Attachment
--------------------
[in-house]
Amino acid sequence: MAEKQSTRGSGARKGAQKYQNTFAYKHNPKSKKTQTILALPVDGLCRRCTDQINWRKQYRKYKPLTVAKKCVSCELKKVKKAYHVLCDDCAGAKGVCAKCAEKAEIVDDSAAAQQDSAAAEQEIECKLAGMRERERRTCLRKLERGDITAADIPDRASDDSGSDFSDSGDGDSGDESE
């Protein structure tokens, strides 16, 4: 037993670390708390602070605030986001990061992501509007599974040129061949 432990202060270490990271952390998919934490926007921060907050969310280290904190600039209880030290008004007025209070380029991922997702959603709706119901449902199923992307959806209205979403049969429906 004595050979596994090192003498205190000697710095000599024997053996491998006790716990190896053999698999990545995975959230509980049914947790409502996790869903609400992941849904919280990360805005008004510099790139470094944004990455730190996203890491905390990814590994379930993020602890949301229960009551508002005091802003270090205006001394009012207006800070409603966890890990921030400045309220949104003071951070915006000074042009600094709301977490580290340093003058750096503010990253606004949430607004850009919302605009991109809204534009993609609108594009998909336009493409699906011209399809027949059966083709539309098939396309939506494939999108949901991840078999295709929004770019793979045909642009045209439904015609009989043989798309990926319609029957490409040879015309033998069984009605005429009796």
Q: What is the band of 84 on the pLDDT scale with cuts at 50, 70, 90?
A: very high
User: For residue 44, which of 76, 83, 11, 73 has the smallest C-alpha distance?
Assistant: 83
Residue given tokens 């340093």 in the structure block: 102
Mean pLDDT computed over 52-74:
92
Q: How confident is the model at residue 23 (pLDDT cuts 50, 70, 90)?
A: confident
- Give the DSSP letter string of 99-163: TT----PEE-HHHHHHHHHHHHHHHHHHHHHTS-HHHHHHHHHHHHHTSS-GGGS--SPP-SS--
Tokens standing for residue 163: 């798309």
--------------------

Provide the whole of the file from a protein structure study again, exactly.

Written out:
[in-house]
Amino acid sequence: MAEKQSTRGSGARKGAQKYQNTFAYKHNPKSKKTQTILALPVDGLCRRCTDQINWRKQYRKYKPLTVAKKCVSCELKKVKKAYHVLCDDCAGAKGVCAKCAEKAEIVDDSAAAQQDSAAAEQEIECKLAGMRERERRTCLRKLERGDITAADIPDRASDDSGSDFSDSGDGDSGDESE
């Protein structure tokens, strides 16, 4: 037993670390708390602070605030986001990061992501509007599974040129061949 432990202060270490990271952390998919934490926007921060907050969310280290904190600039209880030290008004007025209070380029991922997702959603709706119901449902199923992307959806209205979403049969429906 004595050979596994090192003498205190000697710095000599024997053996491998006790716990190896053999698999990545995975959230509980049914947790409502996790869903609400992941849904919280990360805005008004510099790139470094944004990455730190996203890491905390990814590994379930993020602890949301229960009551508002005091802003270090205006001394009012207006800070409603966890890990921030400045309220949104003071951070915006000074042009600094709301977490580290340093003058750096503010990253606004949430607004850009919302605009991109809204534009993609609108594009998909336009493409699906011209399809027949059966083709539309098939396309939506494939999108949901991840078999295709929004770019793979045909642009045209439904015609009989043989798309990926319609029957490409040879015309033998069984009605005429009796």
Q: What is the band of 84 on the pLDDT scale with cuts at 50, 70, 90?
A: very high
User: For residue 44, which of 76, 83, 11, 73 has the smallest C-alpha distance?
Assistant: 83
Residue given tokens 């340093």 in the structure block: 102
Mean pLDDT computed over 52-74:
92
Q: How confident is the model at residue 23 (pLDDT cuts 50, 70, 90)?
A: confident
- Give the DSSP letter string of 99-163: TT----PEE-HHHHHHHHHHHHHHHHHHHHHTS-HHHHHHHHHHHHHTSS-GGGS--SPP-SS--
Tokens standing for residue 163: 């798309």